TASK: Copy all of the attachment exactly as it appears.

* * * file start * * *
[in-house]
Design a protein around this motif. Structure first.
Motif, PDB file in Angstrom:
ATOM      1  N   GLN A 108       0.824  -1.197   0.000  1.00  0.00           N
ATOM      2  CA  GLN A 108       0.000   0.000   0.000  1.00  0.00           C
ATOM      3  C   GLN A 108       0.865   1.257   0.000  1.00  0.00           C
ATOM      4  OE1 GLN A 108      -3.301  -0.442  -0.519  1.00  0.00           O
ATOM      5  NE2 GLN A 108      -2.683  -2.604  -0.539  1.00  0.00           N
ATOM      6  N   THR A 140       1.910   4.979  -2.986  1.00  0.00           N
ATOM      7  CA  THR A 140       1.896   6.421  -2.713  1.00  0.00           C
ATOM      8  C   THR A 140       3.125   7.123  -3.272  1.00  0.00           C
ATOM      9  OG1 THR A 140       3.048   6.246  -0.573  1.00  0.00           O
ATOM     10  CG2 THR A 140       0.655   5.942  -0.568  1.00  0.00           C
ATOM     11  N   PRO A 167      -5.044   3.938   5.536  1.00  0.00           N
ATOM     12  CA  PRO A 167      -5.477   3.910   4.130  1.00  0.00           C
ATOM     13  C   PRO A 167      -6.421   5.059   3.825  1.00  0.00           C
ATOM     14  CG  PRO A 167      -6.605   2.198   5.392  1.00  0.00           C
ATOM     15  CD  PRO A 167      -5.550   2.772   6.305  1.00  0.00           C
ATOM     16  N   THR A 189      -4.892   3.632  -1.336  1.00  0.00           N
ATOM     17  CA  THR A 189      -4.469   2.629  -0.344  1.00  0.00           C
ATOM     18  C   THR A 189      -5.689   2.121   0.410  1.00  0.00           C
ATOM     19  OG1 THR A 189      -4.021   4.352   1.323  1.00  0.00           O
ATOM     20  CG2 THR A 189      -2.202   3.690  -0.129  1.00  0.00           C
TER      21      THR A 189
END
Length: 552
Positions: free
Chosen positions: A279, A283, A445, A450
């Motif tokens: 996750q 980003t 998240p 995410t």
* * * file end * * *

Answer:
[in-house]
Design a protein around this motif. Structure first.
Motif, PDB file in Angstrom:
ATOM      1  N   GLN A 108       0.824  -1.197   0.000  1.00  0.00           N
ATOM      2  CA  GLN A 108       0.000   0.000   0.000  1.00  0.00           C
ATOM      3  C   GLN A 108       0.865   1.257   0.000  1.00  0.00           C
ATOM      4  OE1 GLN A 108      -3.301  -0.442  -0.519  1.00  0.00           O
ATOM      5  NE2 GLN A 108      -2.683  -2.604  -0.539  1.00  0.00           N
ATOM      6  N   THR A 140       1.910   4.979  -2.986  1.00  0.00           N
ATOM      7  CA  THR A 140       1.896   6.421  -2.713  1.00  0.00           C
ATOM      8  C   THR A 140       3.125   7.123  -3.272  1.00  0.00           C
ATOM      9  OG1 THR A 140       3.048   6.246  -0.573  1.00  0.00           O
ATOM     10  CG2 THR A 140       0.655   5.942  -0.568  1.00  0.00           C
ATOM     11  N   PRO A 167      -5.044   3.938   5.536  1.00  0.00           N
ATOM     12  CA  PRO A 167      -5.477   3.910   4.130  1.00  0.00           C
ATOM     13  C   PRO A 167      -6.421   5.059   3.825  1.00  0.00           C
ATOM     14  CG  PRO A 167      -6.605   2.198   5.392  1.00  0.00           C
ATOM     15  CD  PRO A 167      -5.550   2.772   6.305  1.00  0.00           C
ATOM     16  N   THR A 189      -4.892   3.632  -1.336  1.00  0.00           N
ATOM     17  CA  THR A 189      -4.469   2.629  -0.344  1.00  0.00           C
ATOM     18  C   THR A 189      -5.689   2.121   0.410  1.00  0.00           C
ATOM     19  OG1 THR A 189      -4.021   4.352   1.323  1.00  0.00           O
ATOM     20  CG2 THR A 189      -2.202   3.690  -0.129  1.00  0.00           C
TER      21      THR A 189
END
Length: 552
Positions: free
Chosen positions: A279, A283, A445, A450
């Motif tokens: 996750q 980003t 998240p 995410t």